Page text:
Monday, December 27, 2010

A Heartbreaking Story of Combat in Afghanistan

Read this story.  Read it all the way through.  Then think about it from the perspective of the enlisted soldiers.  Then from the perspective of the platoon leader.  Then from the perspective of the battalion commander.  Then from the perspective of the division commander.  All of the men in this decision chain saw the deaths of six Americans as great tragedies, but the importance of the fight was seen differently as you move up the chain. 

The key line, from the battalion commander who has spent much of the last decade in combat: 

"I came in looking for a counterinsurgency victory," Ryan said. "But here, there is no such thing." 

I fear he is right.


Mudge said...

I had the privilege of serving with MG Campbell when he was Aide to GEN Shelton at 18th Airborne Corps when they embarked in USS Mt Whitney to command the Joint Task Force about to invade Haiti in the mid 90s. He's a damned good man. Probably a lot like his battalion commander and company commanders who question the decisions that cost their soldiers their lives. I suspect some of them will someday be Generals and the story will play out just the same if we are engaged in combat somewhere else in the world. Many who read the Post article will deride the out of touch generals and their staffs while the foot soldier bears the brunt of their decisions. I'm not much of a student of history but it may be since Alexander the Great that generals actually led battles from the front. Good reason for that, but with the general insulated from the view from the battlefield and the fighting force insulated from the thinking of the generals, there will always be this sort of questioning. I am thankful I am not in that situation. This kind of work calls for our very best. Irrespective of individual outcomes, I'm even more thankful that our very best are there.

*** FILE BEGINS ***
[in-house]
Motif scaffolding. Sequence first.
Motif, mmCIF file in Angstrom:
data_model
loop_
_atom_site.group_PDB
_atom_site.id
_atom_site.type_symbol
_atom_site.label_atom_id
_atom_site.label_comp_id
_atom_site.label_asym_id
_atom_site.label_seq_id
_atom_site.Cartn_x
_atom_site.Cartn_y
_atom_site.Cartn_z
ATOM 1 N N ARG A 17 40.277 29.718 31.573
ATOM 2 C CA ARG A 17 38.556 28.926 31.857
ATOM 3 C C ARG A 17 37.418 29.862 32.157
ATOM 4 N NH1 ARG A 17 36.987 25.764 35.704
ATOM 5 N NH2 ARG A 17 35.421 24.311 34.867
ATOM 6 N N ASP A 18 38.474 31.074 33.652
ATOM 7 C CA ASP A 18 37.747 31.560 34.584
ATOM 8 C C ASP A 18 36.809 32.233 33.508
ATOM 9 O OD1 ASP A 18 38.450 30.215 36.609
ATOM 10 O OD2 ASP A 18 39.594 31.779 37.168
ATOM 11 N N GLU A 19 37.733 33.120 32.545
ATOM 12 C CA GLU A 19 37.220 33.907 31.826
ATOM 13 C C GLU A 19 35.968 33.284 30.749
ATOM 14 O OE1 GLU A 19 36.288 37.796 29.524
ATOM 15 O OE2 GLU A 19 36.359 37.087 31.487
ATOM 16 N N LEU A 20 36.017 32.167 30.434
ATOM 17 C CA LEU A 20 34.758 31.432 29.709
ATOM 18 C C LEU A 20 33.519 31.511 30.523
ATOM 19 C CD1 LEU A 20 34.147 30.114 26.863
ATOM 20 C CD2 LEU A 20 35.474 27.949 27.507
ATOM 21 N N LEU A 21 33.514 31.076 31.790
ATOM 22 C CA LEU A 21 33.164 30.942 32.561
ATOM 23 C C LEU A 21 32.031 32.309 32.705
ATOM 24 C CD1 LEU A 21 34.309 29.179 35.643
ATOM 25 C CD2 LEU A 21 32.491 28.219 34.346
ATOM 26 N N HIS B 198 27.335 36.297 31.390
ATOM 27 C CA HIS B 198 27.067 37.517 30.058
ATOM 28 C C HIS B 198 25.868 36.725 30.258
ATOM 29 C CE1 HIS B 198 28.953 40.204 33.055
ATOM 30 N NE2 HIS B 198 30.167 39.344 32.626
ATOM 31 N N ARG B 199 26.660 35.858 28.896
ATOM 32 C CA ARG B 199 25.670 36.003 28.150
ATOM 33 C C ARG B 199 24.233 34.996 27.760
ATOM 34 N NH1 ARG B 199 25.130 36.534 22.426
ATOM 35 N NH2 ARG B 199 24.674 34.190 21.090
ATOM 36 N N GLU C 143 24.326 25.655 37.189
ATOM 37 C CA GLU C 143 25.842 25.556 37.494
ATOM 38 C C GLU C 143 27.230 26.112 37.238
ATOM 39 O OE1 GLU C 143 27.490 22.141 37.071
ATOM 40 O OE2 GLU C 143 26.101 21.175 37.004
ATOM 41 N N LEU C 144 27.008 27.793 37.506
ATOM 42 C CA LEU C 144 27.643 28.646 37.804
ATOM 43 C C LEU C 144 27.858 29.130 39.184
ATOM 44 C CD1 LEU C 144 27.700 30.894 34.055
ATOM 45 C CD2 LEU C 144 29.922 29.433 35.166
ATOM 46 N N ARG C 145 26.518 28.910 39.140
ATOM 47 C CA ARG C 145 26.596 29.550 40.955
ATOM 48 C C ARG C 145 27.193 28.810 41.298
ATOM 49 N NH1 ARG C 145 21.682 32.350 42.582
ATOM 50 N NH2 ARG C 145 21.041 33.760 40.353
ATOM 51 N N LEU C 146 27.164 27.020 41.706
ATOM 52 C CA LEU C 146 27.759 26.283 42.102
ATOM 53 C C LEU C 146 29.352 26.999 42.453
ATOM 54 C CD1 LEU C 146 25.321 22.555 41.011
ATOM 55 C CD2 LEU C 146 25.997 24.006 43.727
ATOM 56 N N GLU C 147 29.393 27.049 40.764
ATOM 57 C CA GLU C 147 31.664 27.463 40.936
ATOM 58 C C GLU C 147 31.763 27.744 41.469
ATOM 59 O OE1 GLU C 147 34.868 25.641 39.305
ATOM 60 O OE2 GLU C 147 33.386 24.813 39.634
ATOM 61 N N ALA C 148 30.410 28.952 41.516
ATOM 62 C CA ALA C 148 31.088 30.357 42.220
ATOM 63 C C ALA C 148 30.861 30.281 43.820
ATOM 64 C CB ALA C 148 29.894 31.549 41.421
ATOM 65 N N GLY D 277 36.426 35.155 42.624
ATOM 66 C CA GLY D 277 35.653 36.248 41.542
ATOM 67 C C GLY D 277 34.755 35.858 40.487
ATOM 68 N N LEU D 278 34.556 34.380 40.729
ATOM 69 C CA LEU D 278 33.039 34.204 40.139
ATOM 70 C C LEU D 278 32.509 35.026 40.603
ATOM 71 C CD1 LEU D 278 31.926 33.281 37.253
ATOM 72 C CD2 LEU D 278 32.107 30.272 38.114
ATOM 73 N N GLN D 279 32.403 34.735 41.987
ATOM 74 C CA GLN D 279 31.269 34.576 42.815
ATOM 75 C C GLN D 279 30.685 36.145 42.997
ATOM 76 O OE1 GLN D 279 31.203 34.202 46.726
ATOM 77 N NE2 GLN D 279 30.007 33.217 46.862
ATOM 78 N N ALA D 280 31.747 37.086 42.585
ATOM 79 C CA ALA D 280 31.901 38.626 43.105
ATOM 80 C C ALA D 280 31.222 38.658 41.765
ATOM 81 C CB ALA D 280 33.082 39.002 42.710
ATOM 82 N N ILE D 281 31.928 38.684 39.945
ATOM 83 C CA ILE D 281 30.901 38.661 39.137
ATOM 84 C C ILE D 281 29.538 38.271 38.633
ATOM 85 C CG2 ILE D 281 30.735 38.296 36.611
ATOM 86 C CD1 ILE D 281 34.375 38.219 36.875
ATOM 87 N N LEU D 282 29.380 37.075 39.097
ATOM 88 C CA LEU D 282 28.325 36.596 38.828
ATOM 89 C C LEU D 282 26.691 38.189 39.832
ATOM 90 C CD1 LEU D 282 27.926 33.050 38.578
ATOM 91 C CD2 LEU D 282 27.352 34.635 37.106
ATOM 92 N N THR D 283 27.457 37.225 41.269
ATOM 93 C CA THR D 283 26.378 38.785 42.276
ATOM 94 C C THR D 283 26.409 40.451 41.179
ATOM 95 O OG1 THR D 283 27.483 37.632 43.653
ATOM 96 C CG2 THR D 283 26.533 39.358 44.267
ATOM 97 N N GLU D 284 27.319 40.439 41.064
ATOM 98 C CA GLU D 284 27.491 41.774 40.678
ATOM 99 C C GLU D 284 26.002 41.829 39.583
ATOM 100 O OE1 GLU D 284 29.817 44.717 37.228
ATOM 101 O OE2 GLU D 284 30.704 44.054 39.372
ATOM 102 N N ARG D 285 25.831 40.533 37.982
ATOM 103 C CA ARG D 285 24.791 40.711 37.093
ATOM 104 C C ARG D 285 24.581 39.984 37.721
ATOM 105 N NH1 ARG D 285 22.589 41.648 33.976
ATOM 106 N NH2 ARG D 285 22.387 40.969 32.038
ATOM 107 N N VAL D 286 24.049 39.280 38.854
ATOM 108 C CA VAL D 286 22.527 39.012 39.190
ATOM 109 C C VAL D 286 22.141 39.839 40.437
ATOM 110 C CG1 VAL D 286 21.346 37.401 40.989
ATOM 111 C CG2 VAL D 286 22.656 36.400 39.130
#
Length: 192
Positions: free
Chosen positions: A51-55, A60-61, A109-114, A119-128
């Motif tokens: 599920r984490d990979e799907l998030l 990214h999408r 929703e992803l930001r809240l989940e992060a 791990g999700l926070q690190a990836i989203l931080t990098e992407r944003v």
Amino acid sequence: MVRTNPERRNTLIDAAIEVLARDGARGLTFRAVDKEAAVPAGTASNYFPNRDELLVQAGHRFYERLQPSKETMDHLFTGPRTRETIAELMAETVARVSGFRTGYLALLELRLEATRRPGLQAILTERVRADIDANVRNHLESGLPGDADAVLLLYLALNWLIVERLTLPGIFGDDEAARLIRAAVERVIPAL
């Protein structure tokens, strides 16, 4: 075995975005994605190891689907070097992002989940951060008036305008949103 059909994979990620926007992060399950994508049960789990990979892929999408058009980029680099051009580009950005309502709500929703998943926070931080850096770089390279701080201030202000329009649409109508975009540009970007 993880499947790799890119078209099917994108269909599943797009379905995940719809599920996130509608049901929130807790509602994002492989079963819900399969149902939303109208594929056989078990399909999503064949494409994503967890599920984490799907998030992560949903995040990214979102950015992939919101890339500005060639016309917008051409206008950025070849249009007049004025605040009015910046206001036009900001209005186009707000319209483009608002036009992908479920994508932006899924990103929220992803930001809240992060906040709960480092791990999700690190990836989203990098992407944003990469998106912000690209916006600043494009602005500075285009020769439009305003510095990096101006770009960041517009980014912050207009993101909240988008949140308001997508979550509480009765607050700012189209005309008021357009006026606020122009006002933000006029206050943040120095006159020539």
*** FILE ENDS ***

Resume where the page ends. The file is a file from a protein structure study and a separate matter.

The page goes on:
"The Hammer" said...

The parallels to Vietnam are unmistakable. If we stay another year or another hundred years it will not make one iota of difference to anybody anywhere, just more lives lost or ruined and more money spent.
Just get out.

BigFred said...

And watch "Restrepo" on National Geographic.

Wasting our blood and treasure on an indifferent population.

Newer Post Older Post Home